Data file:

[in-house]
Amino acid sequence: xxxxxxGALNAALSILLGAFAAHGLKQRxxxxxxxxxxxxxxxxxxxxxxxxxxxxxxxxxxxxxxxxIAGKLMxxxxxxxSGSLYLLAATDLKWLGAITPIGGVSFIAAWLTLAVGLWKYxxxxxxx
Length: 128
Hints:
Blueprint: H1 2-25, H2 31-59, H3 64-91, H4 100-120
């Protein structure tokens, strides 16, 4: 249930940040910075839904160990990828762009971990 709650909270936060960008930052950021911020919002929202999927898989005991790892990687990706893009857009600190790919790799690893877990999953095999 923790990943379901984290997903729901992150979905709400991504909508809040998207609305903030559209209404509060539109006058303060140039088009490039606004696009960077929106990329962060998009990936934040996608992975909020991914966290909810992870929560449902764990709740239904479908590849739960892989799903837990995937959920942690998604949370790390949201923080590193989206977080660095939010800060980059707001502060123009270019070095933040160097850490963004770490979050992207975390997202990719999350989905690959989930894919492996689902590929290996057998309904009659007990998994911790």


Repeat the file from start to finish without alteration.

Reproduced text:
[in-house]
Amino acid sequence: xxxxxxGALNAALSILLGAFAAHGLKQRxxxxxxxxxxxxxxxxxxxxxxxxxxxxxxxxxxxxxxxxIAGKLMxxxxxxxSGSLYLLAATDLKWLGAITPIGGVSFIAAWLTLAVGLWKYxxxxxxx
Length: 128
Hints:
Blueprint: H1 2-25, H2 31-59, H3 64-91, H4 100-120
């Protein structure tokens, strides 16, 4: 249930940040910075839904160990990828762009971990 709650909270936060960008930052950021911020919002929202999927898989005991790892990687990706893009857009600190790919790799690893877990999953095999 923790990943379901984290997903729901992150979905709400991504909508809040998207609305903030559209209404509060539109006058303060140039088009490039606004696009960077929106990329962060998009990936934040996608992975909020991914966290909810992870929560449902764990709740239904479908590849739960892989799903837990995937959920942690998604949370790390949201923080590193989206977080660095939010800060980059707001502060123009270019070095933040160097850490963004770490979050992207975390997202990719999350989905690959989930894919492996689902590929290996057998309904009659007990998994911790």